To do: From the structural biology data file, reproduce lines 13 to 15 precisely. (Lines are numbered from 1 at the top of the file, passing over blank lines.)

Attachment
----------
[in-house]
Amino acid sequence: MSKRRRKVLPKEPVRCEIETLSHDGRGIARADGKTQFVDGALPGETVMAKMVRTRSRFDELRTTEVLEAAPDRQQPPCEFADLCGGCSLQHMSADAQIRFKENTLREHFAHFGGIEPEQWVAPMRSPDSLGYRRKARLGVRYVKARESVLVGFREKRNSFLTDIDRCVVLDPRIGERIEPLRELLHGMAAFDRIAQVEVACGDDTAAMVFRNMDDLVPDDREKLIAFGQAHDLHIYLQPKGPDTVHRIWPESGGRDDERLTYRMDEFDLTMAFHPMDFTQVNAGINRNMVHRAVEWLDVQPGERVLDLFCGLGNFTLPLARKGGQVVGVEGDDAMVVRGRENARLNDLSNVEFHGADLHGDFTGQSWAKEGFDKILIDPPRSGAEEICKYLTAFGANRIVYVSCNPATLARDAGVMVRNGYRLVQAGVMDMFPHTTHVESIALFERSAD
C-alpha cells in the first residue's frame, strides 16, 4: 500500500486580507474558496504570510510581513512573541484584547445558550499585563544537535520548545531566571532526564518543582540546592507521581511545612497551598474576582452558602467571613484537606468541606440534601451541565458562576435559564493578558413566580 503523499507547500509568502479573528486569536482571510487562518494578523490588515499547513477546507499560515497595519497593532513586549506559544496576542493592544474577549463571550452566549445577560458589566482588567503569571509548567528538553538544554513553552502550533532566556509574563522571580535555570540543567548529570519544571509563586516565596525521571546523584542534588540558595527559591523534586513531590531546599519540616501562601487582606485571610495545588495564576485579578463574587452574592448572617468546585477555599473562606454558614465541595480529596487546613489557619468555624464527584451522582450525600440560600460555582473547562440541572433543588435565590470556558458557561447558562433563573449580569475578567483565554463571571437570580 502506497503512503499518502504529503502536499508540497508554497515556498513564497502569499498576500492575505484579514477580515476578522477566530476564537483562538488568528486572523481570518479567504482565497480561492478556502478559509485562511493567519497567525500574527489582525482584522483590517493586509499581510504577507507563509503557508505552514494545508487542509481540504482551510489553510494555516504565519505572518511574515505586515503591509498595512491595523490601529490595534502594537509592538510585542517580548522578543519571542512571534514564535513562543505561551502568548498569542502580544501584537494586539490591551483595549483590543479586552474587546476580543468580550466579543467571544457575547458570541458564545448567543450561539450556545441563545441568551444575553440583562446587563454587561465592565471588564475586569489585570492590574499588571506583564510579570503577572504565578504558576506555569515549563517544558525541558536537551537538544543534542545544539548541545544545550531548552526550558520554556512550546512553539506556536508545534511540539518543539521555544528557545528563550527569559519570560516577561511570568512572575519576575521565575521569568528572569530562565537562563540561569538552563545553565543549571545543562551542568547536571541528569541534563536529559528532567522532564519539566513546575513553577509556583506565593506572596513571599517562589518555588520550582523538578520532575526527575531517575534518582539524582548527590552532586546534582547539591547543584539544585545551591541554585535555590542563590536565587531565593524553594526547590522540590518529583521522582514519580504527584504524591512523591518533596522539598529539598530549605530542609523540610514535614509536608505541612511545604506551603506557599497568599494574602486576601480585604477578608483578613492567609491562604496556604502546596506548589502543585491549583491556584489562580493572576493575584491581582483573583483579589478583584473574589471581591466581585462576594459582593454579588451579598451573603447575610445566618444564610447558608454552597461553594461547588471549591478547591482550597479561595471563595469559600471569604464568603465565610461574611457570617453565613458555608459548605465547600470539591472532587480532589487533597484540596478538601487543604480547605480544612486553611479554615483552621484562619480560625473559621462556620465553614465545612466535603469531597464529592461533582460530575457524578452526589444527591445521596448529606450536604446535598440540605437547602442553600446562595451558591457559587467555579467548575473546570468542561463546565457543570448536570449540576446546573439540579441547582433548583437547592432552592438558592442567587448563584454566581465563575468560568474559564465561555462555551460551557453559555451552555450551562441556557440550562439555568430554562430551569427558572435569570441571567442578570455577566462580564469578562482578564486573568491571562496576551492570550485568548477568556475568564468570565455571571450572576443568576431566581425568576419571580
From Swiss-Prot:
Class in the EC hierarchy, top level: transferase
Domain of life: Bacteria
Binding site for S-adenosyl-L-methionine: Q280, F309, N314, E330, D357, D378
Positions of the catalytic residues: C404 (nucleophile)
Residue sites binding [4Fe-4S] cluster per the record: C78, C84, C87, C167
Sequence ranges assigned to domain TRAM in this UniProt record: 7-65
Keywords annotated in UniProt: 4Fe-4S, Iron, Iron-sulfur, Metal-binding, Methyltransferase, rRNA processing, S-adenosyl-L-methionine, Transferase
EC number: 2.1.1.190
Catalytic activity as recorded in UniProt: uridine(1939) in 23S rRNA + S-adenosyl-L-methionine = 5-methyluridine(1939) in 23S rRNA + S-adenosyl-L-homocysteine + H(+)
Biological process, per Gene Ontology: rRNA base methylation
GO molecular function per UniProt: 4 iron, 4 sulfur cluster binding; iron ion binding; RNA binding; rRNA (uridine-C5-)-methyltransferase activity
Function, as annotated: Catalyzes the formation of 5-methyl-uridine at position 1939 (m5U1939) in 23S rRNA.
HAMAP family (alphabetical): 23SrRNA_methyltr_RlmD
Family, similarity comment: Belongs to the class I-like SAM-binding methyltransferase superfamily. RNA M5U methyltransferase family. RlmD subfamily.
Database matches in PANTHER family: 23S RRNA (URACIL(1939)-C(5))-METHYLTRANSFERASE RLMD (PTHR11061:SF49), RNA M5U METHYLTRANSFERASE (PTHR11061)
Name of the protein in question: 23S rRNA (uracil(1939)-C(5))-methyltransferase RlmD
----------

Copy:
Catalytic activity as recorded in UniProt: uridine(1939) in 23S rRNA + S-adenosyl-L-methionine = 5-methyluridine(1939) in 23S rRNA + S-adenosyl-L-homocysteine + H(+)
Biological process, per Gene Ontology: rRNA base methylation
GO molecular function per UniProt: 4 iron, 4 sulfur cluster binding; iron ion binding; RNA binding; rRNA (uridine-C5-)-methyltransferase activity